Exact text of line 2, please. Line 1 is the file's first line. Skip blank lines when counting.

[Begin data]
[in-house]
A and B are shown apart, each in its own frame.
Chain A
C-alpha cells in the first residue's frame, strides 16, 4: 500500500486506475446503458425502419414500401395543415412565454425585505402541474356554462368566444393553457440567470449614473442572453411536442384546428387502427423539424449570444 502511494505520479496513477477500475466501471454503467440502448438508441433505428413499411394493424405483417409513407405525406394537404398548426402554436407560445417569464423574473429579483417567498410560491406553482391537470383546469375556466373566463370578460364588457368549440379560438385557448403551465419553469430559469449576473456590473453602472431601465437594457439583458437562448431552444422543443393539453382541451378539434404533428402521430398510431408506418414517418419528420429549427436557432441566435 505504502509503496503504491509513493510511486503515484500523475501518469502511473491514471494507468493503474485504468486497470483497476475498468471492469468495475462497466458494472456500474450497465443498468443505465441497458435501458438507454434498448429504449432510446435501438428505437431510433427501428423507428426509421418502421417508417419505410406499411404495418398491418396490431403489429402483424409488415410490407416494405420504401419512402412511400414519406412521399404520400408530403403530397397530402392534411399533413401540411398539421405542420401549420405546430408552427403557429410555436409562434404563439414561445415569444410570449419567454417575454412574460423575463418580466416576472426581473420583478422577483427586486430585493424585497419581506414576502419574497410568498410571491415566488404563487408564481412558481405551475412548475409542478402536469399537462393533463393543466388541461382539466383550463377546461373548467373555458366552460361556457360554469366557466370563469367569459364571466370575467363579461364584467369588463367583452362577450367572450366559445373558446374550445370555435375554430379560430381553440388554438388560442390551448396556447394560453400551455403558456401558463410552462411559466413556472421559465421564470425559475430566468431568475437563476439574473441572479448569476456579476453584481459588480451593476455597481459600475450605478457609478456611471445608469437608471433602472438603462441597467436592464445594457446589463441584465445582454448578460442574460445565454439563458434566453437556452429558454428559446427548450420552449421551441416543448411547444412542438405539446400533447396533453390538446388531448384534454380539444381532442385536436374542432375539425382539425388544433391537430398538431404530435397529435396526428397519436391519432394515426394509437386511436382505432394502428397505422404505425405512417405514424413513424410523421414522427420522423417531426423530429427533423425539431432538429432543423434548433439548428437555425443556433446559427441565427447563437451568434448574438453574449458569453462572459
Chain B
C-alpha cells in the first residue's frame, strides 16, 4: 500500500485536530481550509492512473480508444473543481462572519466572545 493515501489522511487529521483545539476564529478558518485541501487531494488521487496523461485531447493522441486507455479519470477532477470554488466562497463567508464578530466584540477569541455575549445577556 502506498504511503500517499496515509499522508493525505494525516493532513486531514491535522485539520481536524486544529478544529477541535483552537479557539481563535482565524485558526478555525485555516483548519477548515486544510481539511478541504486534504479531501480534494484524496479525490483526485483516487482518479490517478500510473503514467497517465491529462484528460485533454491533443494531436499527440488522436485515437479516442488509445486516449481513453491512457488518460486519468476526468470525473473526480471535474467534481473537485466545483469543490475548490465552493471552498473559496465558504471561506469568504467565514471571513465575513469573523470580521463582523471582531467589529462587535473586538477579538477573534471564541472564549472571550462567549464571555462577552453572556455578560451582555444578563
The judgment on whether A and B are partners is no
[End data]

A and B are shown apart, each in its own frame.